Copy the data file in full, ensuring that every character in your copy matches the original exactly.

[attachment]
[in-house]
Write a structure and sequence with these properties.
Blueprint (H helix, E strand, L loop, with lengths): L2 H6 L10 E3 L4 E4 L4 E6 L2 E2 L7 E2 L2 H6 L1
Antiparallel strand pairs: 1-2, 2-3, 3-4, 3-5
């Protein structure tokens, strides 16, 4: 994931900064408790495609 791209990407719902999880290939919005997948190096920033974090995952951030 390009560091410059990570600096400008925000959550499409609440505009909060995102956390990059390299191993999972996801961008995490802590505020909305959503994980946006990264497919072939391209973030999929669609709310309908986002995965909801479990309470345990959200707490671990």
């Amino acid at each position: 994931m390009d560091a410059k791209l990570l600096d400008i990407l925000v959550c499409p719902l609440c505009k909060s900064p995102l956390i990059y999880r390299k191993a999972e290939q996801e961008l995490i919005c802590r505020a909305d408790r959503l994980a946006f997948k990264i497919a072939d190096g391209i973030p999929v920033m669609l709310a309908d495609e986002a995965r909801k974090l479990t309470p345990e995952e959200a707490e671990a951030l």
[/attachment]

[in-house]
Write a structure and sequence with these properties.
Blueprint (H helix, E strand, L loop, with lengths): L2 H6 L10 E3 L4 E4 L4 E6 L2 E2 L7 E2 L2 H6 L1
Antiparallel strand pairs: 1-2, 2-3, 3-4, 3-5
């Protein structure tokens, strides 16, 4: 994931900064408790495609 791209990407719902999880290939919005997948190096920033974090995952951030 390009560091410059990570600096400008925000959550499409609440505009909060995102956390990059390299191993999972996801961008995490802590505020909305959503994980946006990264497919072939391209973030999929669609709310309908986002995965909801479990309470345990959200707490671990």
């Amino acid at each position: 994931m390009d560091a410059k791209l990570l600096d400008i990407l925000v959550c499409p719902l609440c505009k909060s900064p995102l956390i990059y999880r390299k191993a999972e290939q996801e961008l995490i919005c802590r505020a909305d408790r959503l994980a946006f997948k990264i497919a072939d190096g391209i973030p999929v920033m669609l709310a309908d495609e986002a995965r909801k974090l479990t309470p345990e995952e959200a707490e671990a951030l």